Elsewhere, Ali Baba is planning to invest $2 billion in Turkiye. The Chinese lithium-ion power batteries company Farisis started production at a plant near Istanbul last year. Ankara is also in separate talks with Chinese EV makers SAIC Motor Corp. and Great Wall Motor Co for investments in factories in Türkiye.

For China, one of the most attractive parts of producing EVs in Türkiye is that it could provide better access to the European market due to Ankara’s customs union agreement. That’s not an arrangement Türkiye would want to put at risk by jumping into BRICS.

So the relationship between Türkiye and the West has for now settled into an icy acceptance due to the economic necessity on both sides, but it’s an arrangement that could go off the rails relatively easily. If Türkiye’s increased interest in the BRICS, for example, is met with a heavy handed response by Washington/Brussels it could mean a spiraling of ties that results in a definitive break. Or if the EU pushes too far in its attempt to use its standing as top trade partner with Türkiye to pressure Ankara on Russia. Not only would that prove problematic for Türkiye because if they cave once, the EU would surely be back for more on, say, China or Iran, but if Ankara torpedoes relations with Moscow, it would blow up their economic model, which includes exports to the EU.

In fact, Türkiye in many ways is emulating Germany’s previous model of turning cheap energy imports from Russia into manufacturing prowess for exports. As even War on the Rocks points out:

As cliched as the platitude about Turkiye being a bridge between East and West is, it helps to describe trade flows: Turkiye imports energy from Russia and goods from China to cover domestic demand, and local factories assemble components for Europe. Turkiye’s greatest trade surpluses are close to home — with countries like Azerbaijan and Iraq — but it is the European market that allows Turkiye to maintain an export-oriented manufacturing sector of scale.

As the EU deindustrializes and considers a trade war with China at America’s behest, there’s an argument to be made that it will soon need Türkiye more than Türkiye needs the EU. Then again, Brussels isn’t opposed to shooting itself in the foot these days.

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  1. debi

    Fidan is now at BRICS and had a private. meeting with Putin yesterday.
    Events move quickly these days.

  2. Tom Pfotzer

    Turkey has perfected the art of playing East and West off. They are never going to commit to either party; they know better. Their advantage lies in their strategic location – geographic and political – which both sides covet.

    They will never commit. They will adapt, they will switch “alliances” in minor, temporary, opportunistic ways, but they aren’t going to commit for a long time to come, well after all the major players have made the course of history evident to all. The story about Turkey’s trade and political relations with Germany during WWII tells an eloquent story. Expect that to be repeated. And repeated some more.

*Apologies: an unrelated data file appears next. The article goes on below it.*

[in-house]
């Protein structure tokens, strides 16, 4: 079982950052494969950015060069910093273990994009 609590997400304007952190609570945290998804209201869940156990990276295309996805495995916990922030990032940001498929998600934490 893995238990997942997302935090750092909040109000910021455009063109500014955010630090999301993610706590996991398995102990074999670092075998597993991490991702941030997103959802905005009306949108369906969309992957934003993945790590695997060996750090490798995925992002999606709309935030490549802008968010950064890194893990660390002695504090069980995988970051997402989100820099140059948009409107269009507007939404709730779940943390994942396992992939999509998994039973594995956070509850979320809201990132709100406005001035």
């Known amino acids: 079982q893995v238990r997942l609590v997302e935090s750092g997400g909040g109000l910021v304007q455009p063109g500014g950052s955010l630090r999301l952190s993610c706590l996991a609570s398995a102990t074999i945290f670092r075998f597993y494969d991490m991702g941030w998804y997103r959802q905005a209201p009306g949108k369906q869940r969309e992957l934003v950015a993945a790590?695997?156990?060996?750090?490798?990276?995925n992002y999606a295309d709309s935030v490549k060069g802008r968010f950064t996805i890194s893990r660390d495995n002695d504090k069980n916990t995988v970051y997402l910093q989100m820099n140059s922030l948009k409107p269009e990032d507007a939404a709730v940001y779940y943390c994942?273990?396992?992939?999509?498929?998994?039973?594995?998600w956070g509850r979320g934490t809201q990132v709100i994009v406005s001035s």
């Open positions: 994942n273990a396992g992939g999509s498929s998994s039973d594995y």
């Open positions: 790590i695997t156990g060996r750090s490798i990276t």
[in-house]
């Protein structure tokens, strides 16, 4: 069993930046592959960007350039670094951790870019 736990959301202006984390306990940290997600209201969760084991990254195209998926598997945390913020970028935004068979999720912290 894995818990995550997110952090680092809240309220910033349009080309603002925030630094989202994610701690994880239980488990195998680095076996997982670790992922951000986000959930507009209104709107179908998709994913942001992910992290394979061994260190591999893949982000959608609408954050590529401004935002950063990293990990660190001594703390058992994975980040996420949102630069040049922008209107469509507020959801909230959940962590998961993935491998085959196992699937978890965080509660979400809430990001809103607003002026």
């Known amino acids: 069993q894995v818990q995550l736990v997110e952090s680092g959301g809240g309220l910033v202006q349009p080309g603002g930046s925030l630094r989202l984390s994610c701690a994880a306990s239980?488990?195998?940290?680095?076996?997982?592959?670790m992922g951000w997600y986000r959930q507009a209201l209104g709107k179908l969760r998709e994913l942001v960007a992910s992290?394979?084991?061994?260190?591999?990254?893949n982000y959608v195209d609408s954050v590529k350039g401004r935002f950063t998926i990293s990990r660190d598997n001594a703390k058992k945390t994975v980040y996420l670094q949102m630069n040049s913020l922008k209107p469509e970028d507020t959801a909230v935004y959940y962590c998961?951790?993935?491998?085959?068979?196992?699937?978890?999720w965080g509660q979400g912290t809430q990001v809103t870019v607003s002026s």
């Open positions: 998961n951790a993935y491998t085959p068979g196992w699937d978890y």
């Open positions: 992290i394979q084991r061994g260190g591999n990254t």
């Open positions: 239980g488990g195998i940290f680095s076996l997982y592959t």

So the question for me isn’t “what’s Turkey going to do?”. We already know that. The more important question is “what does Russia, China, Iran want Turkey to do, and what’s their negotiating leverage?”.

    And what does the West want Turkey to do, and what’s their negotiating leverage?

    I think it comes down to “where’s the most profitable (margin and volume) trade pattern for Turkey?”.

    If China/Russia continues to connect Turkey via trading infrastructure to the East, that’ll tell the tale. Asia is where the demand is and the resources are.

    Look what’s been done to the EU as a market. What are the long-term sales prospects there? Turkey’s relation to EU has devolved to a short-term “Turkey is a trade-sanctions-bypass” strategy.

    OK, that’ll work for a little while, maybe a few decades at most. Then what?

    Turkey has the same problem India does. They have a lot of skilled workers, but they aren’t ever going to be the world’s manufacturers. That goose is cooked. So that leaves “services”.

    What is Turkey’s sustainable competitive advantage in “services”? Compared to … India, Germany, Russia, China, Iran, etc.?

    There comes a time when playing both sides against the middle becomes a tedious waste of time for the rest of the trading partners. Eventually the question will become “what can Turkey do for us? What’s your big value add?”.

    As the Russia-China-Iran and middle-Asian integration proceeds, the value of Turkey’s “bridge” function loses value (to the Russia-China-Iran & Mid-Asia players). The remaining value of the “bridge” function would be to EU as a way to participate in the Asian integration.

    And … that would be the end of the value of “bridge” to the Asian partners. As the next few decades unfold, how much EU purchasing power will be directed toward Turkey? How good is that market?

    Horse-trading gets tedious after a while; the haggling takes more effort than it’s worth.

    I think the question for Turkey to answer is “what’s our value-add. Why would we be relevant to Asia?”

    1. Colonel Smithers

      Thank you, Tom.

      Having worked in Turkiye for HSBC and Deutsche and with its officials when the G20 was launched, I tend to agree with your comment.

      I think the EU’s shift right, or at least in the France and Germany locomotives, further integration with Europe is, in the short term, not happening.